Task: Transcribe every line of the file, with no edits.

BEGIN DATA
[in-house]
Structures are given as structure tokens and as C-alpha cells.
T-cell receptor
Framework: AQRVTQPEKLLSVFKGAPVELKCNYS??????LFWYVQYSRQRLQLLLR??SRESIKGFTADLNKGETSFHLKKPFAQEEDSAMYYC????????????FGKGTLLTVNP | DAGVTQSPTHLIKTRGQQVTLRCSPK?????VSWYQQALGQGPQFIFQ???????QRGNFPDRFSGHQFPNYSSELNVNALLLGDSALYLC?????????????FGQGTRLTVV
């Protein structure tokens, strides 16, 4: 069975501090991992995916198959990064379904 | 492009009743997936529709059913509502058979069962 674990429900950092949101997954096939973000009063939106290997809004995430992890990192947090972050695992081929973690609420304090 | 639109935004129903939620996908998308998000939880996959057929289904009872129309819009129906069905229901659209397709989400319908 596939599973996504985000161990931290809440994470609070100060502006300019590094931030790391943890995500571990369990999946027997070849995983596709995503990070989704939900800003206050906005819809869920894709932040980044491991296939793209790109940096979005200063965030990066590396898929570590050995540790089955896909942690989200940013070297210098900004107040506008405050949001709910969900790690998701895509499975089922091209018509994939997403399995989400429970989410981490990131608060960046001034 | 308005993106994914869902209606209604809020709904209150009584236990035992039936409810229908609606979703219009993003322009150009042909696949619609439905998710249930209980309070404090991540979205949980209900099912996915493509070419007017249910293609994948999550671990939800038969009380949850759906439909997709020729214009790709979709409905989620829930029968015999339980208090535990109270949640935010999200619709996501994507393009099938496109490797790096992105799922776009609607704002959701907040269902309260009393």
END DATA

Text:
[in-house]
Structures are given as structure tokens and as C-alpha cells.
T-cell receptor
Framework: AQRVTQPEKLLSVFKGAPVELKCNYS??????LFWYVQYSRQRLQLLLR??SRESIKGFTADLNKGETSFHLKKPFAQEEDSAMYYC????????????FGKGTLLTVNP | DAGVTQSPTHLIKTRGQQVTLRCSPK?????VSWYQQALGQGPQFIFQ???????QRGNFPDRFSGHQFPNYSSELNVNALLLGDSALYLC?????????????FGQGTRLTVV
């Protein structure tokens, strides 16, 4: 069975501090991992995916198959990064379904 | 492009009743997936529709059913509502058979069962 674990429900950092949101997954096939973000009063939106290997809004995430992890990192947090972050695992081929973690609420304090 | 639109935004129903939620996908998308998000939880996959057929289904009872129309819009129906069905229901659209397709989400319908 596939599973996504985000161990931290809440994470609070100060502006300019590094931030790391943890995500571990369990999946027997070849995983596709995503990070989704939900800003206050906005819809869920894709932040980044491991296939793209790109940096979005200063965030990066590396898929570590050995540790089955896909942690989200940013070297210098900004107040506008405050949001709910969900790690998701895509499975089922091209018509994939997403399995989400429970989410981490990131608060960046001034 | 308005993106994914869902209606209604809020709904209150009584236990035992039936409810229908609606979703219009993003322009150009042909696949619609439905998710249930209980309070404090991540979205949980209900099912996915493509070419007017249910293609994948999550671990939800038969009380949850759906439909997709020729214009790709979709409905989620829930029968015999339980208090535990109270949640935010999200619709996501994507393009099938496109490797790096992105799922776009609607704002959701907040269902309260009393």